Where Laundry is Garden Art


As reported here a few years back, a group called Project Laundry List is hard at work defending our  Right to Dry.  And since most of us grew up with indoor drying, they have to start with some public education – like their Top Ten Reasons to Line-Dry.

Project Laundry List would surely love my newly adopted town, a planned community built by the federal government in the ’30s.  Clothes lines were installed here before the first buyers ever moved in, and from what I can tell, most residents take advantage of them.  Proudly.

I’ve discovered a couple of interesting limitations on line-drying in the town’s history, though.  Originally, line-drying wasn’t alowed on Sundays.  (Remember blue laws?  Reading up on them, I’m shocked to discover how many are still in effect.  Wikipedia contributors also can’t agree on the origin of the term.)

Another local law that’s long gone is that laundry had to be taken in before dinnertime, which long-time residents tell me had to do with making the home look nice for the return of the breadwinner.  We can imagine the little woman putting on her nicest housedress around that time, too, a la June Cleaver.

Today, with those silly restrictions gone and energy conservation a big concern, my neighbors proudly adorn their gardens with laundry and some have even asked – where’s MINE?  I guiltily confess to removing the poles to make room for more plants.

My plant-stuffed but laundry-free garden seems a bit out of step in a town where the Sun-Drying Garmenture Society Drill Team struts its stuff every year in the Labor Day Parade.

So I’m curious.  Readers, do YOU line-dry?  Do your neighbors?  Or has line-drying gone the way of party lines and black and white TVs?


  1. Love it!!! I’m way too lazy to line dry, but I certainly support my sun-dried garmenture society comrades! Would looooove to see my neighbors’ reaction if I stuck a clothesline in my side yard and festooned it with my husband’s Homer Simpson boxers.

  2. problem….the only good spot in the yard is where the bird feeders are. Dilemma-birds, line dry, birds, line dry

    • Every so often in the spring I have a bird dilemma as well. It usually involves house wrens and dress shirts with pockets and long sleeves.
      If I leave a shirt on the line all day and come back about dusk to remove it, I am sometimes surprised by an energetic ball of noisy feathers that comes bursting out of the shirt sleeve in a panic. Quite a surprise for everyone involved!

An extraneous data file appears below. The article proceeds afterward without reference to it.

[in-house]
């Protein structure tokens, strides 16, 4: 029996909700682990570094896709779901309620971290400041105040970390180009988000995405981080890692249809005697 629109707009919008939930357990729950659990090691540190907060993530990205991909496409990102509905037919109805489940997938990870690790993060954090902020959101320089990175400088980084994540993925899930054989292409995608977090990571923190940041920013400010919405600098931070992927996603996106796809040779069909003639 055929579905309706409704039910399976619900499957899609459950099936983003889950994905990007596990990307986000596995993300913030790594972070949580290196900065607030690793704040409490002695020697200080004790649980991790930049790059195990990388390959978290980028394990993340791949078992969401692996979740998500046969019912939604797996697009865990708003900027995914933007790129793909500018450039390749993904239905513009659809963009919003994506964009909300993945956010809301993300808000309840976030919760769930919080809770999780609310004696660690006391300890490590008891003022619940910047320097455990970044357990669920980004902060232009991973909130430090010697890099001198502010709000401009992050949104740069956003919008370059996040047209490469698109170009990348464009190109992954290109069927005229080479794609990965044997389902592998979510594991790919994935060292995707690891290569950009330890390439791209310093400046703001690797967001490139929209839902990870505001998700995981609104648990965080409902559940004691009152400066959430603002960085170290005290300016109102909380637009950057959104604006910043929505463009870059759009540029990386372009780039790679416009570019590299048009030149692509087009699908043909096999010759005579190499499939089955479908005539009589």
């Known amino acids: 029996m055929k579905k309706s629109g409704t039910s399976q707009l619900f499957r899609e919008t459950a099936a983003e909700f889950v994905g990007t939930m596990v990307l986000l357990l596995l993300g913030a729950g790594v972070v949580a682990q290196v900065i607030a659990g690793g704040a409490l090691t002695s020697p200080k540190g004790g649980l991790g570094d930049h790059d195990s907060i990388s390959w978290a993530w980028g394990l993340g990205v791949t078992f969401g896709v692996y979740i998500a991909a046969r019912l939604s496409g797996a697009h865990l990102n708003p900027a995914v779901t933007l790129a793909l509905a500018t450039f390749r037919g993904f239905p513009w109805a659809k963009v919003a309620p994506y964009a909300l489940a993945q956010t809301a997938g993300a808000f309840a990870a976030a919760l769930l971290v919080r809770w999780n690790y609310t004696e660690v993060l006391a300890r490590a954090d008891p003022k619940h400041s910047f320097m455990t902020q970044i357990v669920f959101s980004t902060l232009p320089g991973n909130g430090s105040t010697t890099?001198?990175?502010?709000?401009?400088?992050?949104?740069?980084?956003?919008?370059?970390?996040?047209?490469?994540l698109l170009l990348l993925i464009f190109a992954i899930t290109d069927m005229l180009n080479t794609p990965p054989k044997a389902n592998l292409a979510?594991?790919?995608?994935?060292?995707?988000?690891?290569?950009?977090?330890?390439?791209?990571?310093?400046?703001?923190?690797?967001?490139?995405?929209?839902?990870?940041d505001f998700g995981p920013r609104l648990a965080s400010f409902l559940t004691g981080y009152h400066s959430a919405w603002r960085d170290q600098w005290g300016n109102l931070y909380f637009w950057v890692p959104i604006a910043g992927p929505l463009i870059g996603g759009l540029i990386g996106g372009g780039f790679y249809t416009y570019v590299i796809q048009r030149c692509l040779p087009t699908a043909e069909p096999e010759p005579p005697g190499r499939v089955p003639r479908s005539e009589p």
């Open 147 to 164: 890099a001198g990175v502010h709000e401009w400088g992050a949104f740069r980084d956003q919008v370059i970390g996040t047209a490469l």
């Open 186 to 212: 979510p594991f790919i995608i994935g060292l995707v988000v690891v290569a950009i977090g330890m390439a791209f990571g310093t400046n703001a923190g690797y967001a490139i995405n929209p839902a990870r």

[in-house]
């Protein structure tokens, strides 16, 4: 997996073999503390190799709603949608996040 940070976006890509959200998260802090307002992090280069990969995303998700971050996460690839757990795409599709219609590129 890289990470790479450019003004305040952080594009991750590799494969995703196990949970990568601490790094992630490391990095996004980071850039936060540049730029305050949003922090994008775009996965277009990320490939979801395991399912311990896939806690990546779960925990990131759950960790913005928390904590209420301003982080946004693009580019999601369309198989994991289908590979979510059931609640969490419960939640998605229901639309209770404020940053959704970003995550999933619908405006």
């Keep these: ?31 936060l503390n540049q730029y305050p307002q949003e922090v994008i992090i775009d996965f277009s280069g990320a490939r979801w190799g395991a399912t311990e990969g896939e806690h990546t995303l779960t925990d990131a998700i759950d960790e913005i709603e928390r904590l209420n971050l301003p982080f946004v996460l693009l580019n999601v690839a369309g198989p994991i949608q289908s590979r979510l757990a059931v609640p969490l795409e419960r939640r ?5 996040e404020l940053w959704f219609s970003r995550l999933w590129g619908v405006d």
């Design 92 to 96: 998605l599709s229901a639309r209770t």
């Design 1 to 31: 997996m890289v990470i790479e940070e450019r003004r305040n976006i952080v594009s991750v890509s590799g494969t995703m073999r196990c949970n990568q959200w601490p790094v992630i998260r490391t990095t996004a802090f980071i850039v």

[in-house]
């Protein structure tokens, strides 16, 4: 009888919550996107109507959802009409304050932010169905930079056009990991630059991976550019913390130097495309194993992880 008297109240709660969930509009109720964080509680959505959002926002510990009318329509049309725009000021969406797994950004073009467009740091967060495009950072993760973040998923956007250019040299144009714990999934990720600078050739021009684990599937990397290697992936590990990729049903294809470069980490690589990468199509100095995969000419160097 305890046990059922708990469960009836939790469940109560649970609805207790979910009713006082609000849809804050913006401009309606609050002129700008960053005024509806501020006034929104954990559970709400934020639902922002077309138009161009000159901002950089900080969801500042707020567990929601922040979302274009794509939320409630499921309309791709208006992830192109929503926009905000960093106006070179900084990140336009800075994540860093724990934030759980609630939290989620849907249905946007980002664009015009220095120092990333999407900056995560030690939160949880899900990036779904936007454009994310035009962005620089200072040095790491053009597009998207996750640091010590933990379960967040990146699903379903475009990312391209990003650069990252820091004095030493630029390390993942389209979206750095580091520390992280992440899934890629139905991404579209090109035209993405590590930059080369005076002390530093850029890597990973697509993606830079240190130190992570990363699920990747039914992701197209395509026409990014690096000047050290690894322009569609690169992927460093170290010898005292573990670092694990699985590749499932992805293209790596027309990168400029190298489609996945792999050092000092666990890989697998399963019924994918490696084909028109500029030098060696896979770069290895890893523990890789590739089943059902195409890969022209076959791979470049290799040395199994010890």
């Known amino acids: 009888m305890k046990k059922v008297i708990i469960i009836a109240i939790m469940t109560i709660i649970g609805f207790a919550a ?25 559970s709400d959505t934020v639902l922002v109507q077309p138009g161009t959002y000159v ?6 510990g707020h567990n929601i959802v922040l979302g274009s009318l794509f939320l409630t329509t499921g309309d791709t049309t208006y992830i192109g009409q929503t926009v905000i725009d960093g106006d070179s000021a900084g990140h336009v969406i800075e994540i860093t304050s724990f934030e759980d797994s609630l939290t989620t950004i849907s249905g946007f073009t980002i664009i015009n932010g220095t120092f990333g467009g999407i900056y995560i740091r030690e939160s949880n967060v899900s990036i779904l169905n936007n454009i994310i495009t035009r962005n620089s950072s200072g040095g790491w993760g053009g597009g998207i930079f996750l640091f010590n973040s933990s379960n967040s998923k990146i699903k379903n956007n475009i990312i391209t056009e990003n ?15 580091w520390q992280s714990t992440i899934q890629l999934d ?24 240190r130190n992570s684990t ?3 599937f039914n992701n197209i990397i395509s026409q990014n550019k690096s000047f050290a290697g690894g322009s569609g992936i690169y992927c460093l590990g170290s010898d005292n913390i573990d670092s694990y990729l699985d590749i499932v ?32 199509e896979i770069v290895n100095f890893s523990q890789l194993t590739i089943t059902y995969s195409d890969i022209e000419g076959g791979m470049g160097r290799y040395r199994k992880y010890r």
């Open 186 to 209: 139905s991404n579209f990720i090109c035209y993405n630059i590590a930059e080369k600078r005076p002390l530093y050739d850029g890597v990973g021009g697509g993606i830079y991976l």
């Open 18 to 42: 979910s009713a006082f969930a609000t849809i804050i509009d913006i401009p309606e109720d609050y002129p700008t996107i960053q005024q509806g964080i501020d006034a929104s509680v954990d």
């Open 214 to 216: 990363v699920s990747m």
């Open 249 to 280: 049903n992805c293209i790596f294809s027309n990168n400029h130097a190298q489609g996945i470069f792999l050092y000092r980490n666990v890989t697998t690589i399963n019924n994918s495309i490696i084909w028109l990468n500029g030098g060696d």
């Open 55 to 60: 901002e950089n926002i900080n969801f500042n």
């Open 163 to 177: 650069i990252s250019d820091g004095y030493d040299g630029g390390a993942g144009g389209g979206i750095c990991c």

3. I live in France and we and many of the people we know dry our clothes on folding racks in the house (or outside if it’s really nice). When I lived in the US I line dried a bit, but the towels and shirts got too stiff, but on the racks here everything stays pretty soft and the racks just go next to the ironing board quite easily.

  4. I regret taking out one of our laundry poles when we moved in our home 17 years ago (I did not even think of it back then). So now I have to figure out where to attach the line from the remaining one. Line drying is definitely on my list of projects. Even doing one or two loads a week would make a difference. I think the GSGS is terrific!

    On the negatives. Our neighbor used theirs regularly and Colorado is a dry, dusty and windy state (and one of the reasons I haven’t done it yet). It is sort of gross when clothes are left on for days, the dust blows in, and you know the clothes on the line are dirty. I’d wager that a few of those limitations have good reasons behind them.

  5. My dryer died in late fall two years ago. I had no set up outside to dry so I used a line in the basement and draped wet laundry all over the house. It worked OK (except towels unless you like a loofah feel) until humidity levels started to rise again in the spring and I broke down and got the dryer fixed. If I could find a spot in the garden to place a line I would dry outside but as far as I can see no such place exists.

  6. Weather permitting, I line dry my sheets and towels. They do stiffen up, but will soften after one use.
    The way they smell is divine. Even after being in the closet for awhile they smell like sunshine and fresh air.
    The towels dry better also. They really soak up a lot of moisture after a line dry.

  7. We look forward to line-drying weather! Some of my neighbors up here in Northeast PA line dry year-round – I guess freeze drying works? – but we only put our laundry out from Spring to Fall. Nothing beats snuggling into fresh sheets that have been gently dried in the sunny breeze. Yes, the clothes can get a bit stiff in humid weather, but a quick (5-minute) tumble in the dryer softens them right up. I love the lower electric bills, too.